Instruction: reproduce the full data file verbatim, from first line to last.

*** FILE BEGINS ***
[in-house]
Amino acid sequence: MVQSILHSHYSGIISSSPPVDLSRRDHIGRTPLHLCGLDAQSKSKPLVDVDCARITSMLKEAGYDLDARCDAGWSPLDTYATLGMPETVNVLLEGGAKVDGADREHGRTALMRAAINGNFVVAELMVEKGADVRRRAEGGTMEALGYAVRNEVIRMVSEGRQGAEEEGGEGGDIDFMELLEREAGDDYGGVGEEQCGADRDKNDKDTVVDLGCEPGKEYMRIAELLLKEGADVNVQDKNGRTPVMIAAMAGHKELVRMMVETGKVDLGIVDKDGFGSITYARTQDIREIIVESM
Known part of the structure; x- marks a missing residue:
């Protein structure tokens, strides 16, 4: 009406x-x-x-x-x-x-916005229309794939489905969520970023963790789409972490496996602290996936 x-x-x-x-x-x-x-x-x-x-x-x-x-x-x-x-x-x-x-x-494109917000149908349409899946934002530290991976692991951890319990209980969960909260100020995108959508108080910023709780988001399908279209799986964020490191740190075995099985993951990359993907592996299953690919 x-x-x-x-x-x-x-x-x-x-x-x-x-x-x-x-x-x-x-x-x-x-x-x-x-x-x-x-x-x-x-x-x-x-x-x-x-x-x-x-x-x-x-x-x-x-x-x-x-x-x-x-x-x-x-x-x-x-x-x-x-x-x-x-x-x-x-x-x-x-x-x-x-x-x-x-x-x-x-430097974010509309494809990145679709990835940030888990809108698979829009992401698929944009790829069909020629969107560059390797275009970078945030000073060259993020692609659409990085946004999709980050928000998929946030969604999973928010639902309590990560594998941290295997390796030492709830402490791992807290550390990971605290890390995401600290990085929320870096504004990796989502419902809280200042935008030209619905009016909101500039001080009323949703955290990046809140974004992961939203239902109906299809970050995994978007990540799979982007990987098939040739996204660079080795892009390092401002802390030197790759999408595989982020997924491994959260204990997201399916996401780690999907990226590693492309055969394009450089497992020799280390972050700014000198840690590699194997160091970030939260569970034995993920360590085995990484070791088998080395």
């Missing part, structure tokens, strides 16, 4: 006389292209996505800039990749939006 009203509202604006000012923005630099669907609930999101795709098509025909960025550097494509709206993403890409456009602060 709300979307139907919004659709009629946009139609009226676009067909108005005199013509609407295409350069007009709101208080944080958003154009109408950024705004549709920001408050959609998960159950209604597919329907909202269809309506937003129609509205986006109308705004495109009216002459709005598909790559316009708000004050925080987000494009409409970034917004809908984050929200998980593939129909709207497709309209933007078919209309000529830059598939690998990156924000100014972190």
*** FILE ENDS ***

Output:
[in-house]
Amino acid sequence: MVQSILHSHYSGIISSSPPVDLSRRDHIGRTPLHLCGLDAQSKSKPLVDVDCARITSMLKEAGYDLDARCDAGWSPLDTYATLGMPETVNVLLEGGAKVDGADREHGRTALMRAAINGNFVVAELMVEKGADVRRRAEGGTMEALGYAVRNEVIRMVSEGRQGAEEEGGEGGDIDFMELLEREAGDDYGGVGEEQCGADRDKNDKDTVVDLGCEPGKEYMRIAELLLKEGADVNVQDKNGRTPVMIAAMAGHKELVRMMVETGKVDLGIVDKDGFGSITYARTQDIREIIVESM
Known part of the structure; x- marks a missing residue:
């Protein structure tokens, strides 16, 4: 009406x-x-x-x-x-x-916005229309794939489905969520970023963790789409972490496996602290996936 x-x-x-x-x-x-x-x-x-x-x-x-x-x-x-x-x-x-x-x-494109917000149908349409899946934002530290991976692991951890319990209980969960909260100020995108959508108080910023709780988001399908279209799986964020490191740190075995099985993951990359993907592996299953690919 x-x-x-x-x-x-x-x-x-x-x-x-x-x-x-x-x-x-x-x-x-x-x-x-x-x-x-x-x-x-x-x-x-x-x-x-x-x-x-x-x-x-x-x-x-x-x-x-x-x-x-x-x-x-x-x-x-x-x-x-x-x-x-x-x-x-x-x-x-x-x-x-x-x-x-x-x-x-x-430097974010509309494809990145679709990835940030888990809108698979829009992401698929944009790829069909020629969107560059390797275009970078945030000073060259993020692609659409990085946004999709980050928000998929946030969604999973928010639902309590990560594998941290295997390796030492709830402490791992807290550390990971605290890390995401600290990085929320870096504004990796989502419902809280200042935008030209619905009016909101500039001080009323949703955290990046809140974004992961939203239902109906299809970050995994978007990540799979982007990987098939040739996204660079080795892009390092401002802390030197790759999408595989982020997924491994959260204990997201399916996401780690999907990226590693492309055969394009450089497992020799280390972050700014000198840690590699194997160091970030939260569970034995993920360590085995990484070791088998080395």
């Missing part, structure tokens, strides 16, 4: 006389292209996505800039990749939006 009203509202604006000012923005630099669907609930999101795709098509025909960025550097494509709206993403890409456009602060 709300979307139907919004659709009629946009139609009226676009067909108005005199013509609407295409350069007009709101208080944080958003154009109408950024705004549709920001408050959609998960159950209604597919329907909202269809309506937003129609509205986006109308705004495109009216002459709005598909790559316009708000004050925080987000494009409409970034917004809908984050929200998980593939129909709207497709309209933007078919209309000529830059598939690998990156924000100014972190």